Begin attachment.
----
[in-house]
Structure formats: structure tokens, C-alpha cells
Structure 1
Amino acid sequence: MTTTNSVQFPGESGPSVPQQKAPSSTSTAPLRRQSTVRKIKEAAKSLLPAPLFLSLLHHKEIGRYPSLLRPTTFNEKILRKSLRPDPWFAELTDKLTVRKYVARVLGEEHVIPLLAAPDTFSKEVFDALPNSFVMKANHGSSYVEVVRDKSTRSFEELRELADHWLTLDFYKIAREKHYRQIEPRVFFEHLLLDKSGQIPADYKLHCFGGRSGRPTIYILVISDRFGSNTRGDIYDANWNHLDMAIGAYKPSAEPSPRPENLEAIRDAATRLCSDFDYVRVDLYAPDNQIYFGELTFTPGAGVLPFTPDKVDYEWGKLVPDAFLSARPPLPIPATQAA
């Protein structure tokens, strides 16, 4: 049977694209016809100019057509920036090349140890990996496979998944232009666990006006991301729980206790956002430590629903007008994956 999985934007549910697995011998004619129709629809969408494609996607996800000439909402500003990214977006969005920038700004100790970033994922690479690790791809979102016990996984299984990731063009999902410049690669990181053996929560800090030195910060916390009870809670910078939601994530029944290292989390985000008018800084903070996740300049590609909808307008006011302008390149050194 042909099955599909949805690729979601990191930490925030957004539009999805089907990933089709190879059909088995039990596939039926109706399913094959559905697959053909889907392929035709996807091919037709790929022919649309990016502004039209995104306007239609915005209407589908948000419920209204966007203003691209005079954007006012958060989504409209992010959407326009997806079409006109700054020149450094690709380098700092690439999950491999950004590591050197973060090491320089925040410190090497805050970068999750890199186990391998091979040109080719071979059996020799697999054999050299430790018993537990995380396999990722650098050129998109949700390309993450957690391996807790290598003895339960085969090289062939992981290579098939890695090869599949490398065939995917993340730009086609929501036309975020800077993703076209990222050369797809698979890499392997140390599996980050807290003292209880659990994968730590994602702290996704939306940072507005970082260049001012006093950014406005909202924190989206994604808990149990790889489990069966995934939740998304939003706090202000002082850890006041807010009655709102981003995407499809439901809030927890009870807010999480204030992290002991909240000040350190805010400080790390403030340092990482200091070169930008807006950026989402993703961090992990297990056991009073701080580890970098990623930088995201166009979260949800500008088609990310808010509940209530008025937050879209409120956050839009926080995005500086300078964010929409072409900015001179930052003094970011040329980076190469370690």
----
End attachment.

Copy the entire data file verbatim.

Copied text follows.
[in-house]
Structure formats: structure tokens, C-alpha cells
Structure 1
Amino acid sequence: MTTTNSVQFPGESGPSVPQQKAPSSTSTAPLRRQSTVRKIKEAAKSLLPAPLFLSLLHHKEIGRYPSLLRPTTFNEKILRKSLRPDPWFAELTDKLTVRKYVARVLGEEHVIPLLAAPDTFSKEVFDALPNSFVMKANHGSSYVEVVRDKSTRSFEELRELADHWLTLDFYKIAREKHYRQIEPRVFFEHLLLDKSGQIPADYKLHCFGGRSGRPTIYILVISDRFGSNTRGDIYDANWNHLDMAIGAYKPSAEPSPRPENLEAIRDAATRLCSDFDYVRVDLYAPDNQIYFGELTFTPGAGVLPFTPDKVDYEWGKLVPDAFLSARPPLPIPATQAA
């Protein structure tokens, strides 16, 4: 049977694209016809100019057509920036090349140890990996496979998944232009666990006006991301729980206790956002430590629903007008994956 999985934007549910697995011998004619129709629809969408494609996607996800000439909402500003990214977006969005920038700004100790970033994922690479690790791809979102016990996984299984990731063009999902410049690669990181053996929560800090030195910060916390009870809670910078939601994530029944290292989390985000008018800084903070996740300049590609909808307008006011302008390149050194 042909099955599909949805690729979601990191930490925030957004539009999805089907990933089709190879059909088995039990596939039926109706399913094959559905697959053909889907392929035709996807091919037709790929022919649309990016502004039209995104306007239609915005209407589908948000419920209204966007203003691209005079954007006012958060989504409209992010959407326009997806079409006109700054020149450094690709380098700092690439999950491999950004590591050197973060090491320089925040410190090497805050970068999750890199186990391998091979040109080719071979059996020799697999054999050299430790018993537990995380396999990722650098050129998109949700390309993450957690391996807790290598003895339960085969090289062939992981290579098939890695090869599949490398065939995917993340730009086609929501036309975020800077993703076209990222050369797809698979890499392997140390599996980050807290003292209880659990994968730590994602702290996704939306940072507005970082260049001012006093950014406005909202924190989206994604808990149990790889489990069966995934939740998304939003706090202000002082850890006041807010009655709102981003995407499809439901809030927890009870807010999480204030992290002991909240000040350190805010400080790390403030340092990482200091070169930008807006950026989402993703961090992990297990056991009073701080580890970098990623930088995201166009979260949800500008088609990310808010509940209530008025937050879209409120956050839009926080995005500086300078964010929409072409900015001179930052003094970011040329980076190469370690």